October 15, 2015: June Besek and Philippa Loengard met with international visitors from Bangladesh, India and Pakistan to discuss IP protection in the US, as part of the US State Department's International Visitor Leadership Program
On September 14,2015; June Besek spoke to government representatives with copyright responsibilities from developing countries on “Publishing in the Digital Age” (including topics such as mass digitization, orphan works, open access and piracy) at a seminar on Copyright, Culture, Art and Science in the Digital Age sponsored by the USPTO’s Office of Policy and International Affairs
On June 4, 2015: Philippa Loengard spoke on fraud at NYU Art Crime and Cultural Heritage Symposium.
On April 23-24, 2015, Brad Greenberg presented his work at the Vanderbilt Junior IP Scholars Roundtable.
On April 22, 2015: Jane Ginsburg was elected to the American Academy of Arts and Sciences.
On April 21, 2015: Jane Ginsburg participated at a conference at the University of Pescara and presented on "Copyright and Authors" (in Italian, "Diritto d'autore e autori"). She is also a Resident at the American Academy in Rome, where she is continuing to research 16th-century Papal printing privileges, including for publication on the Primary Sources in Copyright website hosted at the University of Cambridge Law Faculty.
On April 17, 2015: June Besek spoke about fair use and the “transformative use” doctrine at a symposium at the University of Washington Law School in Seattle entitled “Fair Use in the Digital Age: Campbell at 21.”
On April 17, 2015: Brad Greenberg moderated a panel on the future of music in the digital age for the Entertainment, Arts, and Sports Law Society (EASLS) symposium at Columbia Law School.
On April 9, 2015: Jane Ginsburg participated on panels on copyright reform and on fair use at the annual Fordham International IP conference, held this year in Cambridge, UK.
On April 7, 2015: Jane Ginsburg attended a conference marking the 10th anniversary of the University of Cambridge Law Faculty's Center for Intellectual Property and Information Law (CIPIL) and commented on a paper on the history of legislation on painters' copyright. She also posted the second of two columns on reforms for authors, this one concerning authors' contracts and describing new laws in France and the Netherlands that require fair remuneration to authors. The first column (posted in February) concerned attribution rights.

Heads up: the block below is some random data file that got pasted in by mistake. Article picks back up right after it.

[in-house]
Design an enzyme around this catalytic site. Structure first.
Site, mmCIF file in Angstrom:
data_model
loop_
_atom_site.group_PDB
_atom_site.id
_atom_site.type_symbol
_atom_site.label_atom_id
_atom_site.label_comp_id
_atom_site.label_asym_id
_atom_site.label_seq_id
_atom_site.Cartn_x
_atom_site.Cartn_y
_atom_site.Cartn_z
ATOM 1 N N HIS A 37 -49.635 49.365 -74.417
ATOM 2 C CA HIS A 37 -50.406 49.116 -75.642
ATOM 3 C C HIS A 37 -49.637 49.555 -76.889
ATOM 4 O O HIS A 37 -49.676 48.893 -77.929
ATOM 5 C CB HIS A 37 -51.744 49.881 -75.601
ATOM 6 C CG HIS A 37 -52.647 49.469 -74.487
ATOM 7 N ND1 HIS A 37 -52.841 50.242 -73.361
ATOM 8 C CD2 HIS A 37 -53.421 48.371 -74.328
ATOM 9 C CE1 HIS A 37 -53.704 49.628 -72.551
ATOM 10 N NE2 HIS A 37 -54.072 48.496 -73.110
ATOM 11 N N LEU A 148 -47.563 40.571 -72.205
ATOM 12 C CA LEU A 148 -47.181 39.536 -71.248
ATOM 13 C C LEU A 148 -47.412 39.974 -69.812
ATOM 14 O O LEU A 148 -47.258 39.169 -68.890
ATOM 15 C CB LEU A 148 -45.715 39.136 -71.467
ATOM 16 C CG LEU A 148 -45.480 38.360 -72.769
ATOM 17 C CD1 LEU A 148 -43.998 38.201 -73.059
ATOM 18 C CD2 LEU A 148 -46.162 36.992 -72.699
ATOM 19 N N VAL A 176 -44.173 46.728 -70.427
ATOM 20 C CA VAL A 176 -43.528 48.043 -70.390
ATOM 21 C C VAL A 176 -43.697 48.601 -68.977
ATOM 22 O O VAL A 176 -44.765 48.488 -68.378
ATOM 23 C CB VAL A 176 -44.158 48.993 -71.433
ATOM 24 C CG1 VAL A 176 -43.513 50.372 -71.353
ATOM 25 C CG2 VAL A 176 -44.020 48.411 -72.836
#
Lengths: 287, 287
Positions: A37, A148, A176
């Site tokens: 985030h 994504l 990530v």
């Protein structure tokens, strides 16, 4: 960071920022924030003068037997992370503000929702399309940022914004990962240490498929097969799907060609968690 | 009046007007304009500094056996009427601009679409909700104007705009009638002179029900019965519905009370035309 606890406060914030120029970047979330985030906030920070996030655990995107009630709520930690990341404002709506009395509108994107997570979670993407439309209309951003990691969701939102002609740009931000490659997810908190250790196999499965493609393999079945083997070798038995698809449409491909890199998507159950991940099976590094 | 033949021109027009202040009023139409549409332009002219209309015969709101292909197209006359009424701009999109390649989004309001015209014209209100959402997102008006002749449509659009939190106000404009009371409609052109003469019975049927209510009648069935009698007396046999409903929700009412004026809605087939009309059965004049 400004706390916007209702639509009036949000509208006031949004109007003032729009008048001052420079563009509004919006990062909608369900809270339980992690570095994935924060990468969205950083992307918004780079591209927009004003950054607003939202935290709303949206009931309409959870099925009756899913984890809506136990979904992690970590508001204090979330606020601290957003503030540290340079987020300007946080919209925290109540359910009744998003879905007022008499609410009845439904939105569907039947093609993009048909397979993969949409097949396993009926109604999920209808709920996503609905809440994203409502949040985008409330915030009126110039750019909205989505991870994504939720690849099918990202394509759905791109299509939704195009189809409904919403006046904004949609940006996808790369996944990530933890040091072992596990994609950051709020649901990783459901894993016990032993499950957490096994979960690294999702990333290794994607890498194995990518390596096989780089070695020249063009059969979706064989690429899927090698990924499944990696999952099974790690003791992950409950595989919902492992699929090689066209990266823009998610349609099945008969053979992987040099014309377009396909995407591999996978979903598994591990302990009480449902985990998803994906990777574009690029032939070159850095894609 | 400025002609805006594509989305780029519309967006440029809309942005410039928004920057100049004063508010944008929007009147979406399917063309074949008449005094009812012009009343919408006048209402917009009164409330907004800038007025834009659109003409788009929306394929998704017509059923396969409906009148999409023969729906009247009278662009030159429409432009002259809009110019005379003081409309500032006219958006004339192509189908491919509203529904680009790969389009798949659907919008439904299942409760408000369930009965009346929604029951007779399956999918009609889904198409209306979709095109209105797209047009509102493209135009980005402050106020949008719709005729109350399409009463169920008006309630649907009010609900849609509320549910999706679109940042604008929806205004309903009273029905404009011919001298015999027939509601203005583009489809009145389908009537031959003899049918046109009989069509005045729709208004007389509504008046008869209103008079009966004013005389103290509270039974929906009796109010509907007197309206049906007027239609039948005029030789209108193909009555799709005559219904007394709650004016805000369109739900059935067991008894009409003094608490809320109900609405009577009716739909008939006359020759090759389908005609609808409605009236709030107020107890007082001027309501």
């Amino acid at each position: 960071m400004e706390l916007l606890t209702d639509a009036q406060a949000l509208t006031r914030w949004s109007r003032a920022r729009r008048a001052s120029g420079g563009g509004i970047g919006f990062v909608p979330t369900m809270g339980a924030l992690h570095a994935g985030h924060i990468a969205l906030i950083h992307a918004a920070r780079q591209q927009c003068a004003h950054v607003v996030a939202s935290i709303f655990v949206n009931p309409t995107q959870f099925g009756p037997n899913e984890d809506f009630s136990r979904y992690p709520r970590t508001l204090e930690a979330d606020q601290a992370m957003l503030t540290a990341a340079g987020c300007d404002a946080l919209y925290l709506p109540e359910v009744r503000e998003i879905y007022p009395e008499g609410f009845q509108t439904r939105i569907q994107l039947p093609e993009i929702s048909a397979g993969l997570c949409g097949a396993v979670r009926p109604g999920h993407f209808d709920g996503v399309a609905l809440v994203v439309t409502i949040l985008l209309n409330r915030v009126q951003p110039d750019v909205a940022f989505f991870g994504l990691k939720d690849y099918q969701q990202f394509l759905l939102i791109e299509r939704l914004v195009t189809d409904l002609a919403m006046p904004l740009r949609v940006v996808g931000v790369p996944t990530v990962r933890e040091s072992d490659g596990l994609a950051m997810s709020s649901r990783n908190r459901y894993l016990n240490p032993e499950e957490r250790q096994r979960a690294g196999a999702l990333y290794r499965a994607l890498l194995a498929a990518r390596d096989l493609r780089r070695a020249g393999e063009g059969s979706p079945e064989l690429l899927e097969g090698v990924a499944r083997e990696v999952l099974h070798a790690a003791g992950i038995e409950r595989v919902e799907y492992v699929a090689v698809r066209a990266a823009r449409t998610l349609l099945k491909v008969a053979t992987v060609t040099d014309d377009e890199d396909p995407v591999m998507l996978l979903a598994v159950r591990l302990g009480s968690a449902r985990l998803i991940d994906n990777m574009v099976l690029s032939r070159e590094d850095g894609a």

On April 6, 2015: Brad Greenberg published "Copyright Trolls and the Common Law" with the Iowa Law Review Bulletin, his response to a new empirical study of copyright trolling.
On April 1, 2015: June Besek led a roundtable discussion on Copyright Office Modernization and Autonomy with Mary Rasenberger, Executive Director of the Authors Guild, sponsored by the Copyright Society of the USA.
On March 27, 2015: June Besek moderated a panel on "Congressional Copyright Review: What's Up for Change and What's Not?" at the ABA IPL Section's Spring Intellectual Property Law Conference. The panel discussed Congress's progress to date in reviewing the current state of the Copyright Act and anticipated next steps. Panelists included Joe Keeley, Chief Counsel of the Subcommittee on Courts, Intellectual Property and the Internet of the House Judiciary Committee; Karyn Temple Claggett ’97, Associate Register of Copyrights; and Steve Tepp of Sentinel Worldwide.
On March 1, 2015: Jane Ginsburg spoke at the University of Ottawa on 16th-century Papal printing privileges.
On February 27, 2015: Jane Ginsburg spoke at the University of Montréal on electronic course reserves and the Georgia State decision.
On February 17, 2015: Jane Ginsburg published an article with the Media Institute on Authors’ Rights Under “The Next Great Copyright Act,” and Brad Greenberg, along with Sherwin Siy of Public Knowledge, spoke on "News Aggregators and News Exceptionalism" at a Kernochan Center Spring IP Series panel.
On February 6,2015: Brad Greenberg presented his draft article Black Box Copyright at the Works-in-Progress Intellectual Property conference at the USPTO and George Washington School of Law. In January, he also presented the paper at the Tri-State IP Workshop at NYU School of Law, Mark Twain Fellows workshop at the Center for the Protection of Intellectual Property at George Mason Law School, and the Yale Information Society Project. He also discussed another article, Copyright Trolls and Presumptively Fair Uses, on January 30 at Chapman Law School.
On January 16, 2015: Jane Ginsburg and Rochelle Dreyfuss '81 of NYU School of Law presented the American Law Institute’s project on Intellectual Property: Principles Governing Jurisdiction, Choice of Law, and Judgments in Transnational Disputes at a World Intellectual Property Organization (WIPO) seminar in Geneva. The project, for which Profs. Ginsburg and Dreyfuss served as reporters along with François Dessemontet of Lausanne University, provides a comprehensive framework for considering issues of private international law in intellectual property disputes. The group collaborated with the International Law Association to consolidate the recommendations of the ALI project with similar work developed by the Max Planck Institute for the European Union and a consortium of Japanese and Korean intellectual property lawyers interested in streamlining Asian litigation.
On December 11, 2014: June Besek spoke at the Copyright Society of the USA New York chapter on a panel addressing “Fair Compensation or a Pandora’s Box? Pre-1972 Sound Recordings and Streaming Radio.”
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